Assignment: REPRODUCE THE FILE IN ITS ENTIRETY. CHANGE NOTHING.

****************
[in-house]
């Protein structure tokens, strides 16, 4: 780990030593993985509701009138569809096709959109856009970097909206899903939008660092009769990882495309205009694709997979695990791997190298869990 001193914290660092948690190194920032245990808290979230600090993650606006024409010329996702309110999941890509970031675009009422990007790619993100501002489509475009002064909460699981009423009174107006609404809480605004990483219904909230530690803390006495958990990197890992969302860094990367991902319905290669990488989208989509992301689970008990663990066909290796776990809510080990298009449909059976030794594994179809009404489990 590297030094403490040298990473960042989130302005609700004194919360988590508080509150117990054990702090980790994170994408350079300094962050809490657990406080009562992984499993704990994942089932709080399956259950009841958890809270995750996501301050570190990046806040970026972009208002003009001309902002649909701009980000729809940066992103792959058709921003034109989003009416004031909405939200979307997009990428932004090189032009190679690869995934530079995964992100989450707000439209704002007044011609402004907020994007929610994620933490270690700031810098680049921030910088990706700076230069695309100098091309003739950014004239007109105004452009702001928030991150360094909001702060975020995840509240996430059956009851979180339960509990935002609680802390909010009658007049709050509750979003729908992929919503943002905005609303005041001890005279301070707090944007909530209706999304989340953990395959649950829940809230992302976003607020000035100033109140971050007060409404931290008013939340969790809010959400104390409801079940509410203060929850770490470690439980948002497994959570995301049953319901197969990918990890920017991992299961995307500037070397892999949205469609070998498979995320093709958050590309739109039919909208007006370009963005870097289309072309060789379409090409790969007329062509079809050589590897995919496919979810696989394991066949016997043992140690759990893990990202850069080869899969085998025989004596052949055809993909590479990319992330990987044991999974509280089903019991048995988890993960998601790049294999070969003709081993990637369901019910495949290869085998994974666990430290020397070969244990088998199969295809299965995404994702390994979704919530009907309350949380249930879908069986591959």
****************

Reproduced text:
[in-house]
């Protein structure tokens, strides 16, 4: 780990030593993985509701009138569809096709959109856009970097909206899903939008660092009769990882495309205009694709997979695990791997190298869990 001193914290660092948690190194920032245990808290979230600090993650606006024409010329996702309110999941890509970031675009009422990007790619993100501002489509475009002064909460699981009423009174107006609404809480605004990483219904909230530690803390006495958990990197890992969302860094990367991902319905290669990488989208989509992301689970008990663990066909290796776990809510080990298009449909059976030794594994179809009404489990 590297030094403490040298990473960042989130302005609700004194919360988590508080509150117990054990702090980790994170994408350079300094962050809490657990406080009562992984499993704990994942089932709080399956259950009841958890809270995750996501301050570190990046806040970026972009208002003009001309902002649909701009980000729809940066992103792959058709921003034109989003009416004031909405939200979307997009990428932004090189032009190679690869995934530079995964992100989450707000439209704002007044011609402004907020994007929610994620933490270690700031810098680049921030910088990706700076230069695309100098091309003739950014004239007109105004452009702001928030991150360094909001702060975020995840509240996430059956009851979180339960509990935002609680802390909010009658007049709050509750979003729908992929919503943002905005609303005041001890005279301070707090944007909530209706999304989340953990395959649950829940809230992302976003607020000035100033109140971050007060409404931290008013939340969790809010959400104390409801079940509410203060929850770490470690439980948002497994959570995301049953319901197969990918990890920017991992299961995307500037070397892999949205469609070998498979995320093709958050590309739109039919909208007006370009963005870097289309072309060789379409090409790969007329062509079809050589590897995919496919979810696989394991066949016997043992140690759990893990990202850069080869899969085998025989004596052949055809993909590479990319992330990987044991999974509280089903019991048995988890993960998601790049294999070969003709081993990637369901019910495949290869085998994974666990430290020397070969244990088998199969295809299965995404994702390994979704919530009907309350949380249930879908069986591959």